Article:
"The sides will now consider the situation after this meeting, but at this stage no further discussions are scheduled," the ministries said in separate statements. 30-Jan-10. . .

UPDATE 1-Dutch FinMin: No point in Icesave mediator

THE HAGUE, Jan 28 (Reuters) - The Netherlands sees no point in appointing a mediator to solve its dispute with Iceland over compensation for the failure of Iceland's banking system during the credit crisis, the Dutch finance minister said on Thursday. . .

Opinion polls show a strong chance the referendum will fail, which has led the Icelandic government to suggest it would like some sort of renegotiation or mediation to solve the crisis. 28-Jan-10.


Iceland leader rejects UK, Dutch compensation bill

REYKJAVIK - Iceland's president rejected a bill to repay Britain and the Netherlands more than $US5 billion ($A5.5 billion) their savers lost when Icelandic banks collapsed, forcing a referendum on the issue and threatening vital economic aid. . .

Britain warned Icelanders that if they rejected the bill, the north Atlantic island with just 320,000 people faced financial isolation.

"The Icelandic people ... would effectively be saying that Iceland does not want to be part of the international financial system," Financial Services Minister Paul Myners said. . .

Rating agency Fitch reacted to Mr Grimsson's decision by downgrading Iceland's long-term foreign currency issuer default rating to "junk" status with a negative outlook.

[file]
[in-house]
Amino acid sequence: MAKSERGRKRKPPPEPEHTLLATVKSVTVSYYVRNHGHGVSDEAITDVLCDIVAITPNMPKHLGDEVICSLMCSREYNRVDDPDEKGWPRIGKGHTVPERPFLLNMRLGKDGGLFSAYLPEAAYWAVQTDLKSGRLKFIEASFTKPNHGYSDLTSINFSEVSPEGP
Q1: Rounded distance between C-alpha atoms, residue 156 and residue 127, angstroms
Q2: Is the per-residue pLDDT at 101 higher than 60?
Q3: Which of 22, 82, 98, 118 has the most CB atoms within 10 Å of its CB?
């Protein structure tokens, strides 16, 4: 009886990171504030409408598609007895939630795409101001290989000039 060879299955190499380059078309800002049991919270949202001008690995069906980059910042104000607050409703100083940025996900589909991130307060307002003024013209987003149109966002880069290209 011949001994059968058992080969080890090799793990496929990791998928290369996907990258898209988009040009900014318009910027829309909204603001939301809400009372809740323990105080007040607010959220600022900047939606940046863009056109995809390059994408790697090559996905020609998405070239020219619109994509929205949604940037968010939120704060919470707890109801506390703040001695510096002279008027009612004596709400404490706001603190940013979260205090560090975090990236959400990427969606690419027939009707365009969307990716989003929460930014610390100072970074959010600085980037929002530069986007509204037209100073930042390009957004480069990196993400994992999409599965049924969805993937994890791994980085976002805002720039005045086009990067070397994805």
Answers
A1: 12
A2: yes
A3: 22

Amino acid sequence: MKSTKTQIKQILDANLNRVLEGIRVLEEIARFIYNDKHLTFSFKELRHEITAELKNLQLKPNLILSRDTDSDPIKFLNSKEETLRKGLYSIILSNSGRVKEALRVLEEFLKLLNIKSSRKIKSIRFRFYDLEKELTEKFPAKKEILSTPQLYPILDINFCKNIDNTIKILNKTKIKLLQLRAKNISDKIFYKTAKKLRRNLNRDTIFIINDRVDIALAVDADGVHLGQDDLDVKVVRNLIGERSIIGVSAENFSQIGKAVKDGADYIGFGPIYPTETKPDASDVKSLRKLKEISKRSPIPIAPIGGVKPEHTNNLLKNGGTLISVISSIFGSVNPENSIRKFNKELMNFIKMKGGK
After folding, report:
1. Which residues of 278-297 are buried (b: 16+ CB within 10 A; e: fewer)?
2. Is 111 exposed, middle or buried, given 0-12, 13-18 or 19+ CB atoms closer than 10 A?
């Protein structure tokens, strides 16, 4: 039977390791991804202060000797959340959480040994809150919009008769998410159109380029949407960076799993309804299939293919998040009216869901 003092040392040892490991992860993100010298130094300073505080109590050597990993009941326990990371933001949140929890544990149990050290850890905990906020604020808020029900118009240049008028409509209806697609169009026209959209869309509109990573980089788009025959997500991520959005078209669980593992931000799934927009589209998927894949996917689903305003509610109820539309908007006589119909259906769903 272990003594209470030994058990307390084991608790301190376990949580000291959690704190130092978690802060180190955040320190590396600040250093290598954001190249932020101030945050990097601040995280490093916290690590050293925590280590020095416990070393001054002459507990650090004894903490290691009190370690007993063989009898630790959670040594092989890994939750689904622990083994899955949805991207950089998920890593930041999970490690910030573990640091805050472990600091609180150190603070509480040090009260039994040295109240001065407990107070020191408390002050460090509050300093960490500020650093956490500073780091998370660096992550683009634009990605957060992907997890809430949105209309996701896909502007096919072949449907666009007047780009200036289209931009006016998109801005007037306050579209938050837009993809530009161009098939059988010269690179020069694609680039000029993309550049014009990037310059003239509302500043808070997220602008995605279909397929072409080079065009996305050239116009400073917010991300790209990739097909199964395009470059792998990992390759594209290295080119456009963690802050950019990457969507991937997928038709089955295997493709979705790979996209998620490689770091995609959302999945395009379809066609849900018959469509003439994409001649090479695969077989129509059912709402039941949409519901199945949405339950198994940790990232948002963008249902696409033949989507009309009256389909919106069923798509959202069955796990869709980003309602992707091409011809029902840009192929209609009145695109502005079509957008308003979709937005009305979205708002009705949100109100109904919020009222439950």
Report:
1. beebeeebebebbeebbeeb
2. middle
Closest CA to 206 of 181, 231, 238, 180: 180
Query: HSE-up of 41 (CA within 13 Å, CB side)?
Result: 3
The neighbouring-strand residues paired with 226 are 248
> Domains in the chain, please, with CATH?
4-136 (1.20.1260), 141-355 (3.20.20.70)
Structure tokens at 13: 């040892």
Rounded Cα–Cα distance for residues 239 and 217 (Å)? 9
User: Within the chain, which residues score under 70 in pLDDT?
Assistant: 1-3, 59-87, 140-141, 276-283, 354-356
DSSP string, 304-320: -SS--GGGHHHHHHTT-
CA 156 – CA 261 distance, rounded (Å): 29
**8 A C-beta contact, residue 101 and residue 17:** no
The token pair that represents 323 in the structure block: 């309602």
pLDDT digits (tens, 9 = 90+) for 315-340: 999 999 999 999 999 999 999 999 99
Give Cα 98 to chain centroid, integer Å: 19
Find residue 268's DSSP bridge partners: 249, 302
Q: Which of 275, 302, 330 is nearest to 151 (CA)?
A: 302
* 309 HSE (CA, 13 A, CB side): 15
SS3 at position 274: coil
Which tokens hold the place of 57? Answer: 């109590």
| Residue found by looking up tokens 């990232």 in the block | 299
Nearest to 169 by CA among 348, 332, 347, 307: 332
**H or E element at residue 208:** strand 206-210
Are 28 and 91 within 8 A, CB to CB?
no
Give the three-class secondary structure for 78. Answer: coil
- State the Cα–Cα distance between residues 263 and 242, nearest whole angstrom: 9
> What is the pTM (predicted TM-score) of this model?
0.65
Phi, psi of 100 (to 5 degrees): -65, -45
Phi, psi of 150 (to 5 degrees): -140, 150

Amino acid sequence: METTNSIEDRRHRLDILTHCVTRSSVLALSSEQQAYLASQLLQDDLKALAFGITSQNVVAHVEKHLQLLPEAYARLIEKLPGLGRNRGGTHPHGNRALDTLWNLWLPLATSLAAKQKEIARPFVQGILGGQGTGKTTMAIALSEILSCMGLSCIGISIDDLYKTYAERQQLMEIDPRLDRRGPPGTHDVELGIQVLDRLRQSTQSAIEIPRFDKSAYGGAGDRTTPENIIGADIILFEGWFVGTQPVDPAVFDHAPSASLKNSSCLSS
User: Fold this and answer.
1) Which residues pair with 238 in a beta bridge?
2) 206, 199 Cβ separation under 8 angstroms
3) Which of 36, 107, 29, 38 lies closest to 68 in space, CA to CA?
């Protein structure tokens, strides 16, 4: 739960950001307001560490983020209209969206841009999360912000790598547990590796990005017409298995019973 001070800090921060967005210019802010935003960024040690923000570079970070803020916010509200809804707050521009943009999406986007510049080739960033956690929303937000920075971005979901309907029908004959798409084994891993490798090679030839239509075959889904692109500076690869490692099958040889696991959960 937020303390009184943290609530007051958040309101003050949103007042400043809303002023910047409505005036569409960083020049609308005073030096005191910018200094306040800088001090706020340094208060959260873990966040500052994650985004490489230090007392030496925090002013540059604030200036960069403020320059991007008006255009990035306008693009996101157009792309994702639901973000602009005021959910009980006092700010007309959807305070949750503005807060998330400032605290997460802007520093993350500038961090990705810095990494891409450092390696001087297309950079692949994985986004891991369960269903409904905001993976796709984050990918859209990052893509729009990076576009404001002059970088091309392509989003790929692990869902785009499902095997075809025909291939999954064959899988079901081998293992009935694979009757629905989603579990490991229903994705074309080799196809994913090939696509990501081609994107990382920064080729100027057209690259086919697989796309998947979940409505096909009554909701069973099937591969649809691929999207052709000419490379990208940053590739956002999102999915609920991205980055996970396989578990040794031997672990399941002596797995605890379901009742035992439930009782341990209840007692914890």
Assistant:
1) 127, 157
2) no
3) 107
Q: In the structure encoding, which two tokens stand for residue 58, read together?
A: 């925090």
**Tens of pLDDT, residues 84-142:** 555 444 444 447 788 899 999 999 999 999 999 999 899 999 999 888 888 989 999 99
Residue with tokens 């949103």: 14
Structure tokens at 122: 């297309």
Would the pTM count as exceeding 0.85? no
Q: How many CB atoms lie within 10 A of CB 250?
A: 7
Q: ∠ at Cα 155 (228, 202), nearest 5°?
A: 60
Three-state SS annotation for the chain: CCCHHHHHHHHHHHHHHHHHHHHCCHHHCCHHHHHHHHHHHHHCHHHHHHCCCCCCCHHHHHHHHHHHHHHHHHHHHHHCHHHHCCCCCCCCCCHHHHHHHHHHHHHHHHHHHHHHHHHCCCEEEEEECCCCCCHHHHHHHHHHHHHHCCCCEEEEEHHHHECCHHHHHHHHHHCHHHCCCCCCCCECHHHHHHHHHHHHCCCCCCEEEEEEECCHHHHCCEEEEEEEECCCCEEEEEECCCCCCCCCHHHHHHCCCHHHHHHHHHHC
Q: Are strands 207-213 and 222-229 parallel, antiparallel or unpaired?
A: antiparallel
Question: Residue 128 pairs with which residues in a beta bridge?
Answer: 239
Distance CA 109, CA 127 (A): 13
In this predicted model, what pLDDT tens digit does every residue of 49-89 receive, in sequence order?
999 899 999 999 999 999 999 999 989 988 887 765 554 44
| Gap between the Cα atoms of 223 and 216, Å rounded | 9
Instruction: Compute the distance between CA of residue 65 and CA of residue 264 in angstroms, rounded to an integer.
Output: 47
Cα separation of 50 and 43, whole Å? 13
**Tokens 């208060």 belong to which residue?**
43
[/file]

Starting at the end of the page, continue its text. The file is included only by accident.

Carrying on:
Standard & Poor's followed up saying Mr Grimsson's decision could lead it to cut, by one or two notches, its current BBB-minus rating to "junk" status, citing the political uncertainty and external liquidity pressures.

The next tranche of a €1.8 billion ($A2.84 billion) loan from Iceland's Nordic neighbours is also likely to be delayed, a Finnish official said. 06-Jan-10.


TIMELINE-Key events since Iceland's financial meltdown

Iceland's parliament approved an amended bill to repay more than $5 billion lost by savers in Britain and the Netherlands when the island's banks collapsed during the financial crisis.

Here is a timeline of events since Iceland's financial meltdown.  31-Dec-09

Iceland finalises Landsbanki recapitalisation deal

STOCKHOLM, Dec 16 (Reuters) - The Icelandic government said on Wednesday it had finalised a deal with creditors of failed bank Landsbanki as part of the recapitalisation of its shattered banking system following last year's collapse.

The Icelandic Ministry of Finance said in a statement the state would take an 81 percent stake in the new bank formed out of the wreckage of Landsbanki, recapitalising the bank with an equity contribution of 122 billion Icelandic crowns.  16-Dec-09.

UPDATE 1-IMF to look at Iceland debt in next review

WASHINGTON, Oct 29 (Reuters) - An International Monetary Fund mission is expected to conduct a second review of Iceland's loan program in December and will look at a restructuring framework for private household and corporate debt, a senior IMF official said on Thursday.

Mark Flanagan, the IMF mission chief to Iceland, said on a conference call with reporters that Iceland's external debt was much higher than initially believed but is sustainable.  29-Oct-09.